• CommentTimeSep 28th 2013 edited
    I would probably have thought that "defending female writers by listing them" was a weak defense, too -- but after reading opinion piece after opinion piece I realized just that it's a weak defense used weakly, which is even worse. That's what I'm confused about.

    ETA my other favourite response was someone whose column was "And this just goes to show why we shouldn't publicly fund the arts, look at the crazies, amirite."

    [I'm not going to talk about the courses U of T offers or the teachers they employ. Go read the course listings and you'll get an idea of how subjective everything is there. I don't think it's any surprise that this guy is sheltered and thoughtless.]
    • CommentTimeOct 9th 2013
    So I picked up Rapture of the Nerds at the library and I'm loving it so far. It seems like Stross and Doctrow are just having a blast, throwing every crazy idea they can have it. Ripping pace, full of insane tech and downright hilarious.

    Also grabbed Sunny, a solid novel-sized manga by Taiyo Matsumoto, who did the Tekkonkinkreet book that the film was based on. Great little story about a bunch of kids growing up in an orphanage and their fantasies and adventures. It's a beautiful tight little world, strong characters and the art is lovely. Hard to describe, but very funny, sweet and human.

    I hadn't heard of either of these books, I just happened to notice them on the display stands at the library and had to have them. Got to love a good library.

    Hoping to get my hands on Shining Girls by Lauren Beukes next. Anyone read it yet?
    • CommentTimeOct 9th 2013
    Reading Eugene Sue's Kernock the Pirate and Sjon's From the Mouth of the Whale, both of which I'm enjoying immensely. Also reading, intermittently, Luigi Russolo, Futurist: Noise, Visual Arts, and the Occult, by Luciano Chessa.
    • CommentAuthorSuresh N
    • CommentTimeOct 9th 2013 edited

    I read Shining Girls, and loved it. Between Shining Girls and Moxyland, Beukes seems to like using multiple POV characters. You get to see the story from the POV of the serial killer, the main character, and every victim.

    Beukes used the time travel and shifting POVs to create tension, and by the end of the story the time travel makes sense, as much as you can make time travel makes sense that is. She wraps it up well, and it all comes together neatly in the end.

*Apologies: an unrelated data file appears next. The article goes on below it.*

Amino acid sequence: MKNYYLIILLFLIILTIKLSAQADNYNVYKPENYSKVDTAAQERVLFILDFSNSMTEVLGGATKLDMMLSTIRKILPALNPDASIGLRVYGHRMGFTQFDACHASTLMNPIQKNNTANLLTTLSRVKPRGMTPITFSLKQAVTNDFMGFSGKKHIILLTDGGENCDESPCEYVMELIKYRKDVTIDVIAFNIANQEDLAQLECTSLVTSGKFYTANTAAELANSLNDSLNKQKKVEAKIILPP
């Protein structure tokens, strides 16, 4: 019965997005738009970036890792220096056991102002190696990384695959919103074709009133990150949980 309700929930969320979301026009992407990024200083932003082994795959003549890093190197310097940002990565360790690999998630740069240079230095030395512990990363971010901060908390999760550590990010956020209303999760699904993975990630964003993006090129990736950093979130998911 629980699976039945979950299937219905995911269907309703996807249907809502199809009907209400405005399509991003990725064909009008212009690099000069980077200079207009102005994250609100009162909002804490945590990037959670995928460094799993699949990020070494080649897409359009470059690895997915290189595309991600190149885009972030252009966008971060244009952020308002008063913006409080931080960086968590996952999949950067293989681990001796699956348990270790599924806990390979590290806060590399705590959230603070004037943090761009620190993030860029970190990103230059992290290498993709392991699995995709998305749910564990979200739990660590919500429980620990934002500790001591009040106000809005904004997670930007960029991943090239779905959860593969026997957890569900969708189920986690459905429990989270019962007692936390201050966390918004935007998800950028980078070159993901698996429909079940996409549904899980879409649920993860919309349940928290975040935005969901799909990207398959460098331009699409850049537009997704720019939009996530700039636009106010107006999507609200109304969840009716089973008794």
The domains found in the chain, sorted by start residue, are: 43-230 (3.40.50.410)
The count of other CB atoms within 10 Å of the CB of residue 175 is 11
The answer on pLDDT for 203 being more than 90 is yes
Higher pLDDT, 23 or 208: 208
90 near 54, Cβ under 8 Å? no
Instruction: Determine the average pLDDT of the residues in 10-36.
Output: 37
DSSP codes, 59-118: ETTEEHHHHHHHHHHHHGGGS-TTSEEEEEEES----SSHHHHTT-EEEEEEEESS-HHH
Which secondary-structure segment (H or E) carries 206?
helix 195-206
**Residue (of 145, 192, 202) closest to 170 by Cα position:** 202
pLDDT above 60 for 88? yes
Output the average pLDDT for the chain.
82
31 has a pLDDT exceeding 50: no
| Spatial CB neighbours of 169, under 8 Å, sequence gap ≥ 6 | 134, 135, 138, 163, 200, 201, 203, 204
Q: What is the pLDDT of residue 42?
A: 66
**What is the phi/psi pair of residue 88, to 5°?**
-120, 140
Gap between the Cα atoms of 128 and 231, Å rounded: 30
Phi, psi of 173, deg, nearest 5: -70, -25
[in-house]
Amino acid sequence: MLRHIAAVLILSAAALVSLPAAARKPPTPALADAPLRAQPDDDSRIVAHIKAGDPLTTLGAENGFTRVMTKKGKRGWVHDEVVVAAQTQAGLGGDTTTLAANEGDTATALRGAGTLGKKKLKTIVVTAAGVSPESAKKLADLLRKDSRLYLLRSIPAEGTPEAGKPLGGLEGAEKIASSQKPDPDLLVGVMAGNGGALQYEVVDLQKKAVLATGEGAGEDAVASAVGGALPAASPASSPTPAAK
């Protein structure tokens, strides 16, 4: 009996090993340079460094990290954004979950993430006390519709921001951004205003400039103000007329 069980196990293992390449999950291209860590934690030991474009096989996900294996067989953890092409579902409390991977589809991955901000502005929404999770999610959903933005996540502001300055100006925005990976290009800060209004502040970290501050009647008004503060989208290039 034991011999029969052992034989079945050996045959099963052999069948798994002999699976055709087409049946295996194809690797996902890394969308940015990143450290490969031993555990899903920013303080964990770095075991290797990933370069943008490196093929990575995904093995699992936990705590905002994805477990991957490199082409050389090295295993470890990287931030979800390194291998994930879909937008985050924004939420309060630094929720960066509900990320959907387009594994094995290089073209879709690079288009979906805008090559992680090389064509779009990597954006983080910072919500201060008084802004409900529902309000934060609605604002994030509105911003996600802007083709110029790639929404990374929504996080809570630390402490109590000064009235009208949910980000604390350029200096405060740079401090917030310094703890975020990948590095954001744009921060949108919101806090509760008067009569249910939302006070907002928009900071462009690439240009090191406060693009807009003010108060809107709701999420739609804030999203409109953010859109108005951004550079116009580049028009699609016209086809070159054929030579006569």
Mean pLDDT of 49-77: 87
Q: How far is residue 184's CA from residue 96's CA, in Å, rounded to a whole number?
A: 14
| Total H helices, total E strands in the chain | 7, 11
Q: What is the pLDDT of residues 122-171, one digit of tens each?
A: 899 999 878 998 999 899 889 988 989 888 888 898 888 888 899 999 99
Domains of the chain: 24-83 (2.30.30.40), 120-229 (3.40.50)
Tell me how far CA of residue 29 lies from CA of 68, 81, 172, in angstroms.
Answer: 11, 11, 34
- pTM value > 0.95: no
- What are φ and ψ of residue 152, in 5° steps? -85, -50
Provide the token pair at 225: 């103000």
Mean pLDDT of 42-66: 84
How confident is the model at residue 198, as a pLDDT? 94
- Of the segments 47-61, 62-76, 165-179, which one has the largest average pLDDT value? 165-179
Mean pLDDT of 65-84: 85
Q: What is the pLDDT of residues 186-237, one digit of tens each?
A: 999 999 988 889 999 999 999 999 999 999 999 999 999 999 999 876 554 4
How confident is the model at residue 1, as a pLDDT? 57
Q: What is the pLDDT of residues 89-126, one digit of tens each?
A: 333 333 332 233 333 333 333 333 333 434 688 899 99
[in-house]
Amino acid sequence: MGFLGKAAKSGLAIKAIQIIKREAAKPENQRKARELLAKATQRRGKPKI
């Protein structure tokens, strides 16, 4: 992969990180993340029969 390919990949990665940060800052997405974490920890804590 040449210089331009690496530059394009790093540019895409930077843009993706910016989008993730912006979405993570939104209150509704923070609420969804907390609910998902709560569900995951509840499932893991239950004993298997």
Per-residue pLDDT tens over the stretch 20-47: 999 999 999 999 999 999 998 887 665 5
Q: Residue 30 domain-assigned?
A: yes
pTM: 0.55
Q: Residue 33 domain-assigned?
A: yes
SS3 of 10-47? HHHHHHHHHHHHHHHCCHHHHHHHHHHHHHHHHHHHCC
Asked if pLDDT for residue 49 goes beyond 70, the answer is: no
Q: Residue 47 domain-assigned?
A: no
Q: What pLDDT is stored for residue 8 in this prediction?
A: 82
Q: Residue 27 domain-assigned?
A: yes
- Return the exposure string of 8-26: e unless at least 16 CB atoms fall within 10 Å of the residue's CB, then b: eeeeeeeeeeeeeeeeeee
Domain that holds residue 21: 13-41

Kirby, the main character, can be pretty unlikeable. Though from I've read of Beukes, unlikeable characters seems to be a constant. I liked the supporting character Dan more than Kirby. Although given the trauma that the main character goes through? I can't fault her, at all.

    The book was a pretty fast read. Even with my lack of freetime I still managed to get through it in about 2 days. I ended up picking up and reading Moxyland ASAP after I finished it. Not as enjoyable, but still a good read, if you can get into a story where there's not even one likable character, IMO.
    • CommentTimeOct 10th 2013
    @Suresh N - Excellent, thanks for that! Definitely keen to pick it up and report back. I had a great time with Zoo City.
    • CommentTimeOct 11th 2013
    Loved ZOO CITY and MOXYLAND so I'm really looking forward to reading her latest as well. Glad you guys reminded me of it!
      CommentAuthorAlan Tyson
    • CommentTimeOct 11th 2013
    About to start Old Mars, a collection of short stories edited by George R.R. Martin and Gardner Dozois. Is it just me, or have really solid SF shorts collections been just coming out of the woodwork these last few years?

    I've been on a very quiet but very insistent '30's pulp SF kick for a few years now, so a collection of stories about Mars before we knew what the Mariner probes told us is right up my alley, pulled up to my loading dock, and unloading pallets of sheer joy.
  4.  (10945.18)
    Has anyone read Stoner?

    It's quite a good novel. The prose is to die for.
    • CommentTimeOct 16th 2013
    Just got Thomas Pynchon's BLEEDING EDGE, so everything else has been put on hold.
  5.  (10945.20)
    half way through This Book is Full of Spiders by David Wong. Probably the funniest book I have ever read